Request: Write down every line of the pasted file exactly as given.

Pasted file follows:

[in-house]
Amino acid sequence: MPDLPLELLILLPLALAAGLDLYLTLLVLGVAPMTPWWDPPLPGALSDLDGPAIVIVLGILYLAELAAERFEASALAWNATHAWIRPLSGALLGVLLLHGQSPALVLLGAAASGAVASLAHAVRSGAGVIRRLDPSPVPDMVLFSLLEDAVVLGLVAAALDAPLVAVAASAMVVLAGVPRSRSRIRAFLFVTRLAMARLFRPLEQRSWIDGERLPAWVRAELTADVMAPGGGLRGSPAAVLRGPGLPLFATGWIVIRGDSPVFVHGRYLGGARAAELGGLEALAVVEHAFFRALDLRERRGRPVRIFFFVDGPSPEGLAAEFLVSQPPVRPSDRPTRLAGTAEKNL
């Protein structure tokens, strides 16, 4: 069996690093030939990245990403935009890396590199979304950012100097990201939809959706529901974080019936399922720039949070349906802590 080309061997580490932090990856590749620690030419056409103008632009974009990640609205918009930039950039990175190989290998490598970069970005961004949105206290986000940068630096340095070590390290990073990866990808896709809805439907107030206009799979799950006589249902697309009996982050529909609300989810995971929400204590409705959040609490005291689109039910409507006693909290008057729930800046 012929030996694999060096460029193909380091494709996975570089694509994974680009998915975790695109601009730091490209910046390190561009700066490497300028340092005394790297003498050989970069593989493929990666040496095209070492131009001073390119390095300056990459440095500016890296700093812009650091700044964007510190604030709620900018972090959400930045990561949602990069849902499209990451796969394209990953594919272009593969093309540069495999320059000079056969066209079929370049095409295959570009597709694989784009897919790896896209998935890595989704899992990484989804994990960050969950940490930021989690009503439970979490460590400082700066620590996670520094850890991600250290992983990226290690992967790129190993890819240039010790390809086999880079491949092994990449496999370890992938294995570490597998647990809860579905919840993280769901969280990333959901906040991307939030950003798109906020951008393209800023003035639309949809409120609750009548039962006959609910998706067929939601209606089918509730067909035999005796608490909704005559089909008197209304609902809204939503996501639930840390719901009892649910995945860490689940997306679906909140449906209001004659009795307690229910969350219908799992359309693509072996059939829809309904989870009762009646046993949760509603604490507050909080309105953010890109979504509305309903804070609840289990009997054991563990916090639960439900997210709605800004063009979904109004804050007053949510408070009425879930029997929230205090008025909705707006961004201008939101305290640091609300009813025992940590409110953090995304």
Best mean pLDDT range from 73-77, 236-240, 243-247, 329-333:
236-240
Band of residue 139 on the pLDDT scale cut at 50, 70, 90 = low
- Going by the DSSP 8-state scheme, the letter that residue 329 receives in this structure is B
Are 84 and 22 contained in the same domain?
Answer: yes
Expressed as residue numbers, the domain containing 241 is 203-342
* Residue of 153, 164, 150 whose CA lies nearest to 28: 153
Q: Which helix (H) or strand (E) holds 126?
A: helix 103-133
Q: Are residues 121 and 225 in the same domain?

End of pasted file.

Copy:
[in-house]
Amino acid sequence: MPDLPLELLILLPLALAAGLDLYLTLLVLGVAPMTPWWDPPLPGALSDLDGPAIVIVLGILYLAELAAERFEASALAWNATHAWIRPLSGALLGVLLLHGQSPALVLLGAAASGAVASLAHAVRSGAGVIRRLDPSPVPDMVLFSLLEDAVVLGLVAAALDAPLVAVAASAMVVLAGVPRSRSRIRAFLFVTRLAMARLFRPLEQRSWIDGERLPAWVRAELTADVMAPGGGLRGSPAAVLRGPGLPLFATGWIVIRGDSPVFVHGRYLGGARAAELGGLEALAVVEHAFFRALDLRERRGRPVRIFFFVDGPSPEGLAAEFLVSQPPVRPSDRPTRLAGTAEKNL
């Protein structure tokens, strides 16, 4: 069996690093030939990245990403935009890396590199979304950012100097990201939809959706529901974080019936399922720039949070349906802590 080309061997580490932090990856590749620690030419056409103008632009974009990640609205918009930039950039990175190989290998490598970069970005961004949105206290986000940068630096340095070590390290990073990866990808896709809805439907107030206009799979799950006589249902697309009996982050529909609300989810995971929400204590409705959040609490005291689109039910409507006693909290008057729930800046 012929030996694999060096460029193909380091494709996975570089694509994974680009998915975790695109601009730091490209910046390190561009700066490497300028340092005394790297003498050989970069593989493929990666040496095209070492131009001073390119390095300056990459440095500016890296700093812009650091700044964007510190604030709620900018972090959400930045990561949602990069849902499209990451796969394209990953594919272009593969093309540069495999320059000079056969066209079929370049095409295959570009597709694989784009897919790896896209998935890595989704899992990484989804994990960050969950940490930021989690009503439970979490460590400082700066620590996670520094850890991600250290992983990226290690992967790129190993890819240039010790390809086999880079491949092994990449496999370890992938294995570490597998647990809860579905919840993280769901969280990333959901906040991307939030950003798109906020951008393209800023003035639309949809409120609750009548039962006959609910998706067929939601209606089918509730067909035999005796608490909704005559089909008197209304609902809204939503996501639930840390719901009892649910995945860490689940997306679906909140449906209001004659009795307690229910969350219908799992359309693509072996059939829809309904989870009762009646046993949760509603604490507050909080309105953010890109979504509305309903804070609840289990009997054991563990916090639960439900997210709605800004063009979904109004804050007053949510408070009425879930029997929230205090008025909705707006961004201008939101305290640091609300009813025992940590409110953090995304």
Best mean pLDDT range from 73-77, 236-240, 243-247, 329-333:
236-240
Band of residue 139 on the pLDDT scale cut at 50, 70, 90 = low
- Going by the DSSP 8-state scheme, the letter that residue 329 receives in this structure is B
Are 84 and 22 contained in the same domain?
Answer: yes
Expressed as residue numbers, the domain containing 241 is 203-342
* Residue of 153, 164, 150 whose CA lies nearest to 28: 153
Q: Which helix (H) or strand (E) holds 126?
A: helix 103-133
Q: Are residues 121 and 225 in the same domain?